Climbing the Windows 2000 Ladder

Microsoft Corp. has taken great pains to ensure that now that Windows 2000 Server is on the shelves, there are applications available for organizations to run on the platform.

Internally, Microsoft ( tested what it views as the top software applications available for Windows 2000. "About seven months ago we started a very proactive program to make sure the wide array of applications available today would be available for Windows 2000," says Peter Ollodart, group manager for the Microsoft Windows 2000 certification program. "We identified the top workstation and server applications that we have to make sure work seamlessly."

Ollodart says Microsoft tested 500 desktop applications and 86 server applications. What they discovered as the latest betas of Windows 2000 were released, is that those top software programs worked well. For applications that weren't up to par, Microsoft brought the ISV to its Windows 2000 lab in Redmond to find a way to make the application work.

ENT interviewed several top software vendors that have products running on Windows NT Server. It seems their enthusiasm and commitment to the new platform are mixed.

Much of the contention comes from vendors who rely on other platforms, especially their own, for revenue, such as Hewlett-Packard Co. (HP, Brian Dean, solutions manager for HP OpenView Express, says certification is still in flux for the OpenView team. "There's still a lot of discussion as to what it means to be Windows 2000 certified," Dean says. "[Microsoft] put a lot of requirements in that the rest of the ISV community is really questioning."

Dean says certain Windows 2000 certification requirements demand "core architectural changes that would have to be made to the software product. That was asking too much too soon." However, Dean says HP has done significant testing of its own with a large Windows 2000 lab, and that is how HP will decide what products can support Windows 2000.

Problems with some ISVs were troubling enough that Microsoft held a meeting of large software makers in Redmond two weeks before Windows 2000's launch. The griping and negotiating at the meeting was held under a non-disclosure agreement (NDA) so ISVs are mum about the details.

One company that would obviously have problems with Windows 2000 Server certification is Novell Inc. ( Since Microsoft requires Active Directory support, and Novell focuses its support on its own directory service eDirectory -- formerly Novell Directory Services (NDS) -- the GroupWise team is in a bind.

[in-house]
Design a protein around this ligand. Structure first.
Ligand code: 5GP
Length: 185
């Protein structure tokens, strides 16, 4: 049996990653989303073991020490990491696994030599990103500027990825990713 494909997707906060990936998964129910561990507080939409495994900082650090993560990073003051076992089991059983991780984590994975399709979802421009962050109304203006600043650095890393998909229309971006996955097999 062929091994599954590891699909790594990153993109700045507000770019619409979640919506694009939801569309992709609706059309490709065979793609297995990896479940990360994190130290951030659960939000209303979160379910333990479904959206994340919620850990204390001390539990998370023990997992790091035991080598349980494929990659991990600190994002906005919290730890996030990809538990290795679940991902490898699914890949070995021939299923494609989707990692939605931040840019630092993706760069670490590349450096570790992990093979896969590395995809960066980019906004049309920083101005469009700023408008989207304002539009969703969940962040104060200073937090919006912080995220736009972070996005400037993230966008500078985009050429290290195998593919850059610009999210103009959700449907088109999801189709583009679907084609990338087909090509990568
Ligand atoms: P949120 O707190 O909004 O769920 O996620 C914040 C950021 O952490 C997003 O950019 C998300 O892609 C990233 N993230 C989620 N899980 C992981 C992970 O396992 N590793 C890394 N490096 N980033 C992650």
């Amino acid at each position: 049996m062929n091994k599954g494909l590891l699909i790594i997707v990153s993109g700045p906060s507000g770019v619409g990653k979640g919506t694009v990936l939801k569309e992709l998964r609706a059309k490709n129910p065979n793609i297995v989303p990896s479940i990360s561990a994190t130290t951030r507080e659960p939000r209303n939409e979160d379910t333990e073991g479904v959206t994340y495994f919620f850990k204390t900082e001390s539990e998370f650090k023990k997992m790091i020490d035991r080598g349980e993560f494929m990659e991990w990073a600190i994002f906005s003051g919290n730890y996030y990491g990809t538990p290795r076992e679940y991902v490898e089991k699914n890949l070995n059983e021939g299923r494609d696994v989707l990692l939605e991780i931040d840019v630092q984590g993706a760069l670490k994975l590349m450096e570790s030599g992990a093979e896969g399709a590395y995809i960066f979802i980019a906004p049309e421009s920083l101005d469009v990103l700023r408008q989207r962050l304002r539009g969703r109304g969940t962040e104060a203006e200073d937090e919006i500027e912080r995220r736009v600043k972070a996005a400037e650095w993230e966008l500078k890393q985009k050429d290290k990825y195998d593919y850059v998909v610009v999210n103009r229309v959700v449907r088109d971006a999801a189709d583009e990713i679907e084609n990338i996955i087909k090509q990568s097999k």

"It's kind of a Catch-22," says Terry Ulanch, marketing manager for Novell collaboration products. "I want to make sure I'm taking advantage of NDS, that would later integrate with Active Directory. We don't want customers to have to go through so many hoops." Novell will support GroupWise version 5.2 and up on Windows 2000, according to Ulanch.

Some software vendors are climbing the Windows 2000 Server ladder with a smile. Baan Co. ( is taking advantage of several new features in the operating system. David George, senior development manager at the Microsoft-Baan lab in Redmond, says Baan ERP uses the Windows Installer, group policies, the MMC, the Active Directory, and roaming profiles.

"There's complexity in finding a way to exploit the Active Directory in a meaningful way," George says. "Don't just do it for certification but actually offer a service that would benefit customers."

Chris Justice, product manager of platforms for Tivoli Systems Inc. (, says parent company IBM Corp. ( is centralizing certification efforts for Windows 2000. Big Blue is building unified components that all IBM products can use.

"IBM has created a Windows 2000 logo requirement specification, outlining the features our products should take advantage of," Justice says. "IBM has automated and provided code components and distributed them among the product teams, making the process more easy for us, so now we just have to sync up with customer needs."

Even Oracle Corp. ( is getting into the Windows 2000 certification act, taking advantage of features such as the Kerberos security model to allow the storage of database objects in Active Directory, reducing costs, according to Bob Shimp, senior director of product marketing for Oracle Internet platforms.

Oracle also will use the Windows 2000 address windowing extensions (AWEs) that will enable Oracle8i to access 64 GB of memory instead of the 4 GB limit on Windows NT. "You'll be able to bring very large amounts of database buffer into memory," Shimp says. "This will allow you to run much, much faster."

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